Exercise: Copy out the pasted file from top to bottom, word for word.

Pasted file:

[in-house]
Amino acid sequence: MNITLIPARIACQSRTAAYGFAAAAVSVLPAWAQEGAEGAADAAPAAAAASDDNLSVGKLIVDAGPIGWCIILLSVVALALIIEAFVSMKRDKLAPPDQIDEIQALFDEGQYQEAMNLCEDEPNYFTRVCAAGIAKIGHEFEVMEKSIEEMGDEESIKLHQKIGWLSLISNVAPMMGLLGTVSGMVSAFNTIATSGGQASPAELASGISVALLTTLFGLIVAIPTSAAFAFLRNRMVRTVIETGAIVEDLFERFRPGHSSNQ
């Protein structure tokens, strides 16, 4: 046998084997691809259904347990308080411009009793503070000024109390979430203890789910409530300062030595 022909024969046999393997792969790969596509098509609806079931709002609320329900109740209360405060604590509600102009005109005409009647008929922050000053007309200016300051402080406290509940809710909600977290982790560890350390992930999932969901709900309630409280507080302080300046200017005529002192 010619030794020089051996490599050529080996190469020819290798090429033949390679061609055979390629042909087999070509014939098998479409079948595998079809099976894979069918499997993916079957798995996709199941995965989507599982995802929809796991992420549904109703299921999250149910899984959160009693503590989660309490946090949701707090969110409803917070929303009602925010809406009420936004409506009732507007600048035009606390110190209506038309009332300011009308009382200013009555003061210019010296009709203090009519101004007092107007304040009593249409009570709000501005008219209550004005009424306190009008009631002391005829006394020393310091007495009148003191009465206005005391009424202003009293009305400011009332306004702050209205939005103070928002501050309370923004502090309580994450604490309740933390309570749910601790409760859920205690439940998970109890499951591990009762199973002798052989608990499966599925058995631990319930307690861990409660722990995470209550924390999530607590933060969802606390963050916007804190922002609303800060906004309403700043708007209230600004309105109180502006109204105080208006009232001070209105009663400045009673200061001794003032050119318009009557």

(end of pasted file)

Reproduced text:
[in-house]
Amino acid sequence: MNITLIPARIACQSRTAAYGFAAAAVSVLPAWAQEGAEGAADAAPAAAAASDDNLSVGKLIVDAGPIGWCIILLSVVALALIIEAFVSMKRDKLAPPDQIDEIQALFDEGQYQEAMNLCEDEPNYFTRVCAAGIAKIGHEFEVMEKSIEEMGDEESIKLHQKIGWLSLISNVAPMMGLLGTVSGMVSAFNTIATSGGQASPAELASGISVALLTTLFGLIVAIPTSAAFAFLRNRMVRTVIETGAIVEDLFERFRPGHSSNQ
């Protein structure tokens, strides 16, 4: 046998084997691809259904347990308080411009009793503070000024109390979430203890789910409530300062030595 022909024969046999393997792969790969596509098509609806079931709002609320329900109740209360405060604590509600102009005109005409009647008929922050000053007309200016300051402080406290509940809710909600977290982790560890350390992930999932969901709900309630409280507080302080300046200017005529002192 010619030794020089051996490599050529080996190469020819290798090429033949390679061609055979390629042909087999070509014939098998479409079948595998079809099976894979069918499997993916079957798995996709199941995965989507599982995802929809796991992420549904109703299921999250149910899984959160009693503590989660309490946090949701707090969110409803917070929303009602925010809406009420936004409506009732507007600048035009606390110190209506038309009332300011009308009382200013009555003061210019010296009709203090009519101004007092107007304040009593249409009570709000501005008219209550004005009424306190009008009631002391005829006394020393310091007495009148003191009465206005005391009424202003009293009305400011009332306004702050209205939005103070928002501050309370923004502090309580994450604490309740933390309570749910601790409760859920205690439940998970109890499951591990009762199973002798052989608990499966599925058995631990319930307690861990409660722990995470209550924390999530607590933060969802606390963050916007804190922002609303800060906004309403700043708007209230600004309105109180502006109204105080208006009232001070209105009663400045009673200061001794003032050119318009009557």